Introduction Plasma triglycerides (TG) and HDL-C are inversely related in Metabolic Syndrome (MetS), due to exchange of VLDL-TG for HDL-cholesteryl esters catalyzed by cholesteryl ester transfer protein (CETP). We investigated the relationship of TG to HDL-C in highly-active antiretroviral drug (HAART)-treated HIV patients. Methods Fasting plasma TG and HDL-C levels were compared in 179 hypertriglyceridemic HIV/HAART patients and 71 HIV-negative persons (31 normotriglyceridemic (NL) and 40 hypertriglyceridemic due to type IV hyperlipidemia (HTG)). CETP mass and activity were compared in 19 NL and 87 HIV/HAART subjects. Results Among the three groups, a plot of HDL-C vs. TG gave similar slopes but significantly different y-intercepts (9.24 ± 0.45, 8.16 ± 0.54, 6.70 ± 0.65, sqrt(HDL-C) for NL, HIV and HTG respectively; P < 0.001); this difference persisted after adjusting HDL-C for TG, age, BMI, gender, glucose, CD4 count, viral load and HAART strata (7.18 ± 0.20, 6.20 ± 0.05 and 4.55 ± 0.15 sqrt(HDL-C) for NL, HIV and HTG, respectively, P < 0.001). CETP activity was not different between NL and HIV, but CETP mass was significantly higher in HIV (1.47 ± 0.53 compared to 0.93 ± 0.27 μg/mL, P < 0.0001), hence CETP specific activity was lower in HIV (22.67 ± 13.46 compared to 28.46 ± 8.24 nmol/μg/h, P = 0.001). Conclusions Dyslipidemic HIV/HAART patients have a distinctive HDL-C plasma concentration adjusted for TG. The weak inverse relationship between HDL-C and TG is not explained by altered total CETP activity; it could result from a non-CETP-dependent mechanism or a decrease in CETP function due to inhibitors of CETP activity in HIV patients' plasma.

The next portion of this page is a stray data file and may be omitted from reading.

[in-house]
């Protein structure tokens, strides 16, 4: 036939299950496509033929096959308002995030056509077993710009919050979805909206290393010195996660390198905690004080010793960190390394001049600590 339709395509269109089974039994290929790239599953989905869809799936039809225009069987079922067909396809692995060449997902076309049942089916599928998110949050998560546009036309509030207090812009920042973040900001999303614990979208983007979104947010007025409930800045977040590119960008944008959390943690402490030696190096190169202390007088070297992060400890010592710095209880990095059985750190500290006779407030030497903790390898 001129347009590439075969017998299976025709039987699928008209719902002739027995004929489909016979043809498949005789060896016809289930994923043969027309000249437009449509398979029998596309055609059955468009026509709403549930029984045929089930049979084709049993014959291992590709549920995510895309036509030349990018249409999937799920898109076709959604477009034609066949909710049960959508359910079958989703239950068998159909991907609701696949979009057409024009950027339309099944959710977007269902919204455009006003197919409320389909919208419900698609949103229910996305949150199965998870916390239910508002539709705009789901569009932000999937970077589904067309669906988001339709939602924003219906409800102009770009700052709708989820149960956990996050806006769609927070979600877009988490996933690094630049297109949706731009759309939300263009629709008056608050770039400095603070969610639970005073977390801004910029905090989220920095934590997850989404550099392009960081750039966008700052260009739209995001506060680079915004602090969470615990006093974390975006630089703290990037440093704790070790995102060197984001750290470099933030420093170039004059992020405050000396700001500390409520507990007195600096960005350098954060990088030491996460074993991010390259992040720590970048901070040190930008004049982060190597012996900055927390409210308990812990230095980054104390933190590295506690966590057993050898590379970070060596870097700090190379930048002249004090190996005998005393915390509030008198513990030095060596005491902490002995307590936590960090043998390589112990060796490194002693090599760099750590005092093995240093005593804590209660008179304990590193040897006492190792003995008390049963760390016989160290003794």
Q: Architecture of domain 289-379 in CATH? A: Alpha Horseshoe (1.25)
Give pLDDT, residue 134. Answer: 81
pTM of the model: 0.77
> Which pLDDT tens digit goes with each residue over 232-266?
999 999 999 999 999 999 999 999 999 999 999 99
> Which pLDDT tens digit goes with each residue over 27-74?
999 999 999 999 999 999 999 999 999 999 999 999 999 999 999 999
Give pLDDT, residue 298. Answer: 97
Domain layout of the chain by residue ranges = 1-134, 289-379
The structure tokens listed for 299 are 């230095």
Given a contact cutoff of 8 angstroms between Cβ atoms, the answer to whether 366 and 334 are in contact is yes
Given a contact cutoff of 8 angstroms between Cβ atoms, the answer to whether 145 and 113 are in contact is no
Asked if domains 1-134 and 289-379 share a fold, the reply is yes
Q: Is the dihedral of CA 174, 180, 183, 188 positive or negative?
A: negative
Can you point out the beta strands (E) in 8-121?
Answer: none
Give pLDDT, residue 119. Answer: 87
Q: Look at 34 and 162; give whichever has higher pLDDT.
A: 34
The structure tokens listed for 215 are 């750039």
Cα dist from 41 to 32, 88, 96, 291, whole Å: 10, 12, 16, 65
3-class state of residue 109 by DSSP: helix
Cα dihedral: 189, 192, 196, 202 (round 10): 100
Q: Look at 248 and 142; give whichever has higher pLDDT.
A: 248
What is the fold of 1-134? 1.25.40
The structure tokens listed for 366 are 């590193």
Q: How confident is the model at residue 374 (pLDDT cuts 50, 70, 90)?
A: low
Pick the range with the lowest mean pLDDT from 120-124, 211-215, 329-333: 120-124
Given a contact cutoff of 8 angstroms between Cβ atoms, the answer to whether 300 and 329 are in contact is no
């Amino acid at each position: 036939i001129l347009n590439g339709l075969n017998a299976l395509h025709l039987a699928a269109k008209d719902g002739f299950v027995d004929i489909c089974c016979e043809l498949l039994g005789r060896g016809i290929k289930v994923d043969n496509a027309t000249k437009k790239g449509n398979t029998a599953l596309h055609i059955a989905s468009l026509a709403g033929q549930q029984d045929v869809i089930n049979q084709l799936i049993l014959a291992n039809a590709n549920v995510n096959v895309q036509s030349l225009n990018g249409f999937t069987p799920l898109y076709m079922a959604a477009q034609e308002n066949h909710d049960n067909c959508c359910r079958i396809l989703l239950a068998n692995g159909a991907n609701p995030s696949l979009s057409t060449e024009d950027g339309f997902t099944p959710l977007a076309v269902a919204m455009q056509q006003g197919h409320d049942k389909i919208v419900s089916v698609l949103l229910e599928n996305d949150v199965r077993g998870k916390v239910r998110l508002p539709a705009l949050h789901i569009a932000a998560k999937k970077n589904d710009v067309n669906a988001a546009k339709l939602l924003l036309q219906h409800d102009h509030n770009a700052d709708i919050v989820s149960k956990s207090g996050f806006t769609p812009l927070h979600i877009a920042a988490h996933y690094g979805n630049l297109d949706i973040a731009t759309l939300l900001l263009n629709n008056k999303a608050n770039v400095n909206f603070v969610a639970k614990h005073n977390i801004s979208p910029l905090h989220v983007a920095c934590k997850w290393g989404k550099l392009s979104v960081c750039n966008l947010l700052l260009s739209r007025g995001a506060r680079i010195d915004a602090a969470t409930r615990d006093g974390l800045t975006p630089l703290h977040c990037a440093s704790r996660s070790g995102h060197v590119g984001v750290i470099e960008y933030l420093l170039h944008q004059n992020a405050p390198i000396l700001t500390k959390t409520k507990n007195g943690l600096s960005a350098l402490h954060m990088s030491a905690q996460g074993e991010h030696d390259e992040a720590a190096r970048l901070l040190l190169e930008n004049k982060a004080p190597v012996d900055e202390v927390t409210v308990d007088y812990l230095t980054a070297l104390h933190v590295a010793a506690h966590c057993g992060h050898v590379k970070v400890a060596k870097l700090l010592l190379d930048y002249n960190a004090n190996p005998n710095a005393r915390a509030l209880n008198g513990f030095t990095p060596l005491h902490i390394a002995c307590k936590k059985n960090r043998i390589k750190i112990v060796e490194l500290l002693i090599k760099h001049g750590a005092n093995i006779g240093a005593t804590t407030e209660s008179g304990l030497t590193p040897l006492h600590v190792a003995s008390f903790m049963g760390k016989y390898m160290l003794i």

- Cholesteryl ester transfer protein
- Insulin resistance
ASJC Scopus subject areas
- Endocrinology, Diabetes and Metabolism